Constitutionality
There is some authority that the mandatory minimum sentence of 5 years in relation to trafficking a person under the age of 18 is cruel and unusual punishment contrary to s. 12 of the Charter.[1]

  1. R v Finestone, 2017 ONCJ 22 (CanLII)

Principles

The offence of trafficking in persons includes all forms of exploitative labour. Most typically it involves prostitution, child prostitution, and temporary foreign workers.

Where the victim has been held "as a virtual slave" or in humiliating and degrading conditions will be aggravating to sentence.[1]

Underage Victims
Capitalizing on the sexual services of children "is no less reprehensible than other forms of serious child abuse".[2]

  1. R v Orr, 2013 BCSC 1883 (CanLII), [2013] BCJ No. 2257 (BCSC) - crown failed to establish BARD of this aggravating factor for human trafficking offence under IRPA
  2. R v Tang, 1997 ABCA 174 (CanLII), [1997] AJ No 460
    R v Duguay, 2009 ONCA 23 (CanLII) citing Tang

Ranges

see also: Trafficking in Persons (Sentencing Cases)

Ancillary Sentencing Orders

See also: Ancillary Orders

Offence-specific Orders

Order Conviction Description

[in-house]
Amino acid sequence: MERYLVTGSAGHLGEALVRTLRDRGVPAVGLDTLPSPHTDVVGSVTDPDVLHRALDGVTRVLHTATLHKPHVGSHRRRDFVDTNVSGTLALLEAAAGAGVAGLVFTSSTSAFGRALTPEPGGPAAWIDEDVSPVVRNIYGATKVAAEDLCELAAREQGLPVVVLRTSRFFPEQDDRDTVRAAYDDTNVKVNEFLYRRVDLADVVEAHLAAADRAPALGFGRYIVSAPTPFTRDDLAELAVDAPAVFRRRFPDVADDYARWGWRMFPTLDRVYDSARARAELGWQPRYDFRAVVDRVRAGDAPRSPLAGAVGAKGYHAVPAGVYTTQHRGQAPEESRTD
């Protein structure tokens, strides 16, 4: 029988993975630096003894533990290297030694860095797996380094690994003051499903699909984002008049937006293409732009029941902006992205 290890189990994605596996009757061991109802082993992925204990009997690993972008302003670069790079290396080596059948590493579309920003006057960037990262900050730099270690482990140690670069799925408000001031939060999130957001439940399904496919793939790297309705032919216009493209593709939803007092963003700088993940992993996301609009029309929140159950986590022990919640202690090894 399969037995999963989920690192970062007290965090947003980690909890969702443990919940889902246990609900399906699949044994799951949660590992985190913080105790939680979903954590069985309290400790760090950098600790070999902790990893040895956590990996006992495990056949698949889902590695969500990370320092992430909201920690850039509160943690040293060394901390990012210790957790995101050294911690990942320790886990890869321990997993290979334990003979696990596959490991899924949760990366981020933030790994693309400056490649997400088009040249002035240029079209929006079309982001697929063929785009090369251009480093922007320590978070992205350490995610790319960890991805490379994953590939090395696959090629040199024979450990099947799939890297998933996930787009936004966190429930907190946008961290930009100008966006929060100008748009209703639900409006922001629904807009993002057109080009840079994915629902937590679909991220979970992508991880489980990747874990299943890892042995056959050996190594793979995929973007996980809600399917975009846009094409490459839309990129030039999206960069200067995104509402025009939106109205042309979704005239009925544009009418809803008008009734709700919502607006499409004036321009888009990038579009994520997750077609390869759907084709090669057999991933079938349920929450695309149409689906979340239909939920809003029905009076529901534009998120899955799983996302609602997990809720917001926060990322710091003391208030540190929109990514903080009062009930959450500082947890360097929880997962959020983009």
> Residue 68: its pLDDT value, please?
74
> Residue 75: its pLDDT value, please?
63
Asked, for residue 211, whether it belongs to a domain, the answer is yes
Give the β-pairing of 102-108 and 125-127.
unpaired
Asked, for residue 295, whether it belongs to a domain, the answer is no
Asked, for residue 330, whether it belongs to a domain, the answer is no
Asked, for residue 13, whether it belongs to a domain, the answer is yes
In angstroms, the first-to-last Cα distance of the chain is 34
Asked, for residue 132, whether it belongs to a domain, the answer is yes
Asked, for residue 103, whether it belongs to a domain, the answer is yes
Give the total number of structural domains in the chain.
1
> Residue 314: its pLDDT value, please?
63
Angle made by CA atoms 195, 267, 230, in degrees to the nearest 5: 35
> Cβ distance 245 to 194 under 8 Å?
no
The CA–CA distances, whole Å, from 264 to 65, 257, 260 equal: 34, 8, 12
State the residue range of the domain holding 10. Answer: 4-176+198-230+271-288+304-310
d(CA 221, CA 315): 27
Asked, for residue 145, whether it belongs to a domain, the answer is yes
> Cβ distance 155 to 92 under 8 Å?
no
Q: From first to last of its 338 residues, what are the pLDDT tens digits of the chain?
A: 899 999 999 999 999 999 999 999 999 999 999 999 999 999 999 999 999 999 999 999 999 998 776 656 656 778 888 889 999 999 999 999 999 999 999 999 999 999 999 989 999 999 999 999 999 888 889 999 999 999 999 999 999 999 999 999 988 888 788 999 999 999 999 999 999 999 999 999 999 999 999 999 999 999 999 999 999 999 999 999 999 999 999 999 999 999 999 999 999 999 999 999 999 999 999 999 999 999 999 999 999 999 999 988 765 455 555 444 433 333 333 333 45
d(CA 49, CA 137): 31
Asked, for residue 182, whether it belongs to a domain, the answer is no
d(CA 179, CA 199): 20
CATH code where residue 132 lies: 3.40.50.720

DNA Orders s. 279.01, 279.011, 279.02, or 279.03(1)
  • For convictions under s. 279.011 [trafficking persons under 18], 279.02(2) [benefits of trafficking persons under 18], and 279.03(2) [withholding/destroying documents of trafficking persons under 18], as listed under s. 487.04(a), a DNA Order is mandatory as a primary designated offence under s. 487.051(1) regardless of election.
  • For offences under s. 279.01, 279.02(1) and 279.03(1), as listed under s. 487.04(a.1) to (c.01), (c.03) or (d), a DNA Order is a presumptive mandatory order as a primary designated offence under s. 487.051(2), but the judge may exempt the offender if it is established that "the impact of such an order on their privacy and security of the person would be grossly disproportionate to the public interest in the protection of society and the proper administration of justice, to be achieved through the early detection, arrest and conviction of offenders."
SOIRA Orders s. 279.01, 279.011, 279.02(1), (2), 279.03(1), (2)
  • On conviction under s. 279.011, as listed under s. 490.011(a), a SOIRA Order is mandatory as "designated offence" under s. 490.011(1)(a) regardless of Crown election